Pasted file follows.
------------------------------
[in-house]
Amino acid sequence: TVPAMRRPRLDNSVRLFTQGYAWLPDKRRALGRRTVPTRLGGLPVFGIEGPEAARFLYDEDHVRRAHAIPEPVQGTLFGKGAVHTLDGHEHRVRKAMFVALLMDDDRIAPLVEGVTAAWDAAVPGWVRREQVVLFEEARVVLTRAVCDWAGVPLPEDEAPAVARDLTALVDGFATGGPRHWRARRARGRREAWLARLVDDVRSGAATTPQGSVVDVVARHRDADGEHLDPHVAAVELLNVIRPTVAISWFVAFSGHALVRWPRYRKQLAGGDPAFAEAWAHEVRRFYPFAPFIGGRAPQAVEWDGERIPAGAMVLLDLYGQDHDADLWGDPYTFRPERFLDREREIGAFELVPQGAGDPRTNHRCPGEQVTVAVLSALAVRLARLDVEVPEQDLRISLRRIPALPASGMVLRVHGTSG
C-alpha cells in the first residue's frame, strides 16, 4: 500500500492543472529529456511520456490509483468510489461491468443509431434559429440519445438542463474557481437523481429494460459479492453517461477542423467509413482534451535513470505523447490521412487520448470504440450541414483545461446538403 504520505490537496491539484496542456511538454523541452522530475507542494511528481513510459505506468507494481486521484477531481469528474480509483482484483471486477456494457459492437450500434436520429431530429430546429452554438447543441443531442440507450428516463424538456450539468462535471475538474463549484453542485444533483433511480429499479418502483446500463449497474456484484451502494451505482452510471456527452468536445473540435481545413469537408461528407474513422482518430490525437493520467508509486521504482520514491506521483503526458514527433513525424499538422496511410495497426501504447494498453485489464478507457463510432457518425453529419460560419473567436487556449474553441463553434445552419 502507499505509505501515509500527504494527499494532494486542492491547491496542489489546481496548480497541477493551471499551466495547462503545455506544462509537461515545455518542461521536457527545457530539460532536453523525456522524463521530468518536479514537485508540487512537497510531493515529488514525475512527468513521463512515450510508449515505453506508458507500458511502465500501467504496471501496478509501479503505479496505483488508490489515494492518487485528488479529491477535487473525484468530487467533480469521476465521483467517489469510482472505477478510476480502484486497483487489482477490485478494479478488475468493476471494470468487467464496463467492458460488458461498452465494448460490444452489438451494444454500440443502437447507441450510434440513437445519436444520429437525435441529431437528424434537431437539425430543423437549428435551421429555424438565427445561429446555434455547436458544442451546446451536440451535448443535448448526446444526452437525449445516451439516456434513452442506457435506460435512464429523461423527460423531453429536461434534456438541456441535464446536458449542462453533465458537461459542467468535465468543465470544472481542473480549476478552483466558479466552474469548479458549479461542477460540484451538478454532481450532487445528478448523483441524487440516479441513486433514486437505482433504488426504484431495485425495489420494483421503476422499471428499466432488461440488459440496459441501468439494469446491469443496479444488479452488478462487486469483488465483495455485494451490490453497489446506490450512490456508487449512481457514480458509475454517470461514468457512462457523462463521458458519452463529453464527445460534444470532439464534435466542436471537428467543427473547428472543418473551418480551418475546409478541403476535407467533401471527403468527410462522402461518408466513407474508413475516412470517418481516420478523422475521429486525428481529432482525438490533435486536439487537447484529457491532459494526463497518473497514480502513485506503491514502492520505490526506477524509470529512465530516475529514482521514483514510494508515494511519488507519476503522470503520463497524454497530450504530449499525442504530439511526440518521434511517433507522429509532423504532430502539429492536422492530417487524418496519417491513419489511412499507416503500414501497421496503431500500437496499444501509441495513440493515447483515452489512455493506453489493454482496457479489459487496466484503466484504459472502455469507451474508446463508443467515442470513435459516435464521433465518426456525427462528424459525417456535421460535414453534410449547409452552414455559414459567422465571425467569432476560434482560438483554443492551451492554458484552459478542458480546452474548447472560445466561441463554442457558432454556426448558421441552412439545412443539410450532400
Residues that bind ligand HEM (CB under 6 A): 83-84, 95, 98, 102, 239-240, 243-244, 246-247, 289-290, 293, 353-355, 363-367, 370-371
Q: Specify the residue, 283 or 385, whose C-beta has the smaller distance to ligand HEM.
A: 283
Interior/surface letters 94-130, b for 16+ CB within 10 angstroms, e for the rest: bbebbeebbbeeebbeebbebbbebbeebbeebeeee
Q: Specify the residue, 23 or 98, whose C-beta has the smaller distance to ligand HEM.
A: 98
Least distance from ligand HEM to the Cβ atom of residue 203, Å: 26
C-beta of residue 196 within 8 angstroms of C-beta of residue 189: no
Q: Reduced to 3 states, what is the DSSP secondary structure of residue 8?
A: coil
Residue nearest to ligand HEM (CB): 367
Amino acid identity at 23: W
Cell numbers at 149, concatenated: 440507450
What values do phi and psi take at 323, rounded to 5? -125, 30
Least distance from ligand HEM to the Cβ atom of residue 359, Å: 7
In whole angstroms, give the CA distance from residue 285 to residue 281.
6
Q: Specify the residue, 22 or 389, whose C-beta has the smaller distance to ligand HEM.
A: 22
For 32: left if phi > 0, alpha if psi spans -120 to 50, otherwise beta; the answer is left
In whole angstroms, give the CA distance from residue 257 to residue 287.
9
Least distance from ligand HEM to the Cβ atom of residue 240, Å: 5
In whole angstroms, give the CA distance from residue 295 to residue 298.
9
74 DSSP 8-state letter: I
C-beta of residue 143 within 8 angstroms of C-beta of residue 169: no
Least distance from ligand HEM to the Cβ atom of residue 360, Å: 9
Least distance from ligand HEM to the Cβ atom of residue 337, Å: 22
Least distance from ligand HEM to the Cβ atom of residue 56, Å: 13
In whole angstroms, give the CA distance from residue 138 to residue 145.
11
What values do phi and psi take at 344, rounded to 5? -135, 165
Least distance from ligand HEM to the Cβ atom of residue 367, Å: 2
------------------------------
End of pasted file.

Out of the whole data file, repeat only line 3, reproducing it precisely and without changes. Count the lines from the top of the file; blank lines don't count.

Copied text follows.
C-alpha cells in the first residue's frame, strides 16, 4: 500500500492543472529529456511520456490509483468510489461491468443509431434559429440519445438542463474557481437523481429494460459479492453517461477542423467509413482534451535513470505523447490521412487520448470504440450541414483545461446538403 504520505490537496491539484496542456511538454523541452522530475507542494511528481513510459505506468507494481486521484477531481469528474480509483482484483471486477456494457459492437450500434436520429431530429430546429452554438447543441443531442440507450428516463424538456450539468462535471475538474463549484453542485444533483433511480429499479418502483446500463449497474456484484451502494451505482452510471456527452468536445473540435481545413469537408461528407474513422482518430490525437493520467508509486521504482520514491506521483503526458514527433513525424499538422496511410495497426501504447494498453485489464478507457463510432457518425453529419460560419473567436487556449474553441463553434445552419 502507499505509505501515509500527504494527499494532494486542492491547491496542489489546481496548480497541477493551471499551466495547462503545455506544462509537461515545455518542461521536457527545457530539460532536453523525456522524463521530468518536479514537485508540487512537497510531493515529488514525475512527468513521463512515450510508449515505453506508458507500458511502465500501467504496471501496478509501479503505479496505483488508490489515494492518487485528488479529491477535487473525484468530487467533480469521476465521483467517489469510482472505477478510476480502484486497483487489482477490485478494479478488475468493476471494470468487467464496463467492458460488458461498452465494448460490444452489438451494444454500440443502437447507441450510434440513437445519436444520429437525435441529431437528424434537431437539425430543423437549428435551421429555424438565427445561429446555434455547436458544442451546446451536440451535448443535448448526446444526452437525449445516451439516456434513452442506457435506460435512464429523461423527460423531453429536461434534456438541456441535464446536458449542462453533465458537461459542467468535465468543465470544472481542473480549476478552483466558479466552474469548479458549479461542477460540484451538478454532481450532487445528478448523483441524487440516479441513486433514486437505482433504488426504484431495485425495489420494483421503476422499471428499466432488461440488459440496459441501468439494469446491469443496479444488479452488478462487486469483488465483495455485494451490490453497489446506490450512490456508487449512481457514480458509475454517470461514468457512462457523462463521458458519452463529453464527445460534444470532439464534435466542436471537428467543427473547428472543418473551418480551418475546409478541403476535407467533401471527403468527410462522402461518408466513407474508413475516412470517418481516420478523422475521429486525428481529432482525438490533435486536439487537447484529457491532459494526463497518473497514480502513485506503491514502492520505490526506477524509470529512465530516475529514482521514483514510494508515494511519488507519476503522470503520463497524454497530450504530449499525442504530439511526440518521434511517433507522429509532423504532430502539429492536422492530417487524418496519417491513419489511412499507416503500414501497421496503431500500437496499444501509441495513440493515447483515452489512455493506453489493454482496457479489459487496466484503466484504459472502455469507451474508446463508443467515442470513435459516435464521433465518426456525427462528424459525417456535421460535414453534410449547409452552414455559414459567422465571425467569432476560434482560438483554443492551451492554458484552459478542458480546452474548447472560445466561441463554442457558432454556426448558421441552412439545412443539410450532400